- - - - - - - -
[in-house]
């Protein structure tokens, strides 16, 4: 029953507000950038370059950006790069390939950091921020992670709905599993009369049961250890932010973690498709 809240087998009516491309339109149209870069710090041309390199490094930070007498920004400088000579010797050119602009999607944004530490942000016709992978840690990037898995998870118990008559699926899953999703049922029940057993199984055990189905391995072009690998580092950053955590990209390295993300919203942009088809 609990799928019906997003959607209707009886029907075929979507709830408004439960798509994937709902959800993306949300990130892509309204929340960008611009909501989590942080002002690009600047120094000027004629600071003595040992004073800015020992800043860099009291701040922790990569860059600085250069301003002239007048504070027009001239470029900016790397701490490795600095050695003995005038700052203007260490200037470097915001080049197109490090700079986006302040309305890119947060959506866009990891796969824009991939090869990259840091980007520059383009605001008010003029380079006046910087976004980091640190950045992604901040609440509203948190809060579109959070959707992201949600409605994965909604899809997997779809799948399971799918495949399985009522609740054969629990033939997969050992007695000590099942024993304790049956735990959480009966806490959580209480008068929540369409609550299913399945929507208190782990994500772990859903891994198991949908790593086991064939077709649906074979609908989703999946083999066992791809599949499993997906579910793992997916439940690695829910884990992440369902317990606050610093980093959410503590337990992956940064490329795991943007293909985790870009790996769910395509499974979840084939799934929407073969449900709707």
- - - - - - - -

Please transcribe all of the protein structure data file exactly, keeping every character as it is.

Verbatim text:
[in-house]
């Protein structure tokens, strides 16, 4: 029953507000950038370059950006790069390939950091921020992670709905599993009369049961250890932010973690498709 809240087998009516491309339109149209870069710090041309390199490094930070007498920004400088000579010797050119602009999607944004530490942000016709992978840690990037898995998870118990008559699926899953999703049922029940057993199984055990189905391995072009690998580092950053955590990209390295993300919203942009088809 609990799928019906997003959607209707009886029907075929979507709830408004439960798509994937709902959800993306949300990130892509309204929340960008611009909501989590942080002002690009600047120094000027004629600071003595040992004073800015020992800043860099009291701040922790990569860059600085250069301003002239007048504070027009001239470029900016790397701490490795600095050695003995005038700052203007260490200037470097915001080049197109490090700079986006302040309305890119947060959506866009990891796969824009991939090869990259840091980007520059383009605001008010003029380079006046910087976004980091640190950045992604901040609440509203948190809060579109959070959707992201949600409605994965909604899809997997779809799948399971799918495949399985009522609740054969629990033939997969050992007695000590099942024993304790049956735990959480009966806490959580209480008068929540369409609550299913399945929507208190782990994500772990859903891994198991949908790593086991064939077709649906074979609908989703999946083999066992791809599949499993997906579910793992997916439940690695829910884990992440369902317990606050610093980093959410503590337990992956940064490329795991943007293909985790870009790996769910395509499974979840084939799934929407073969449900709707």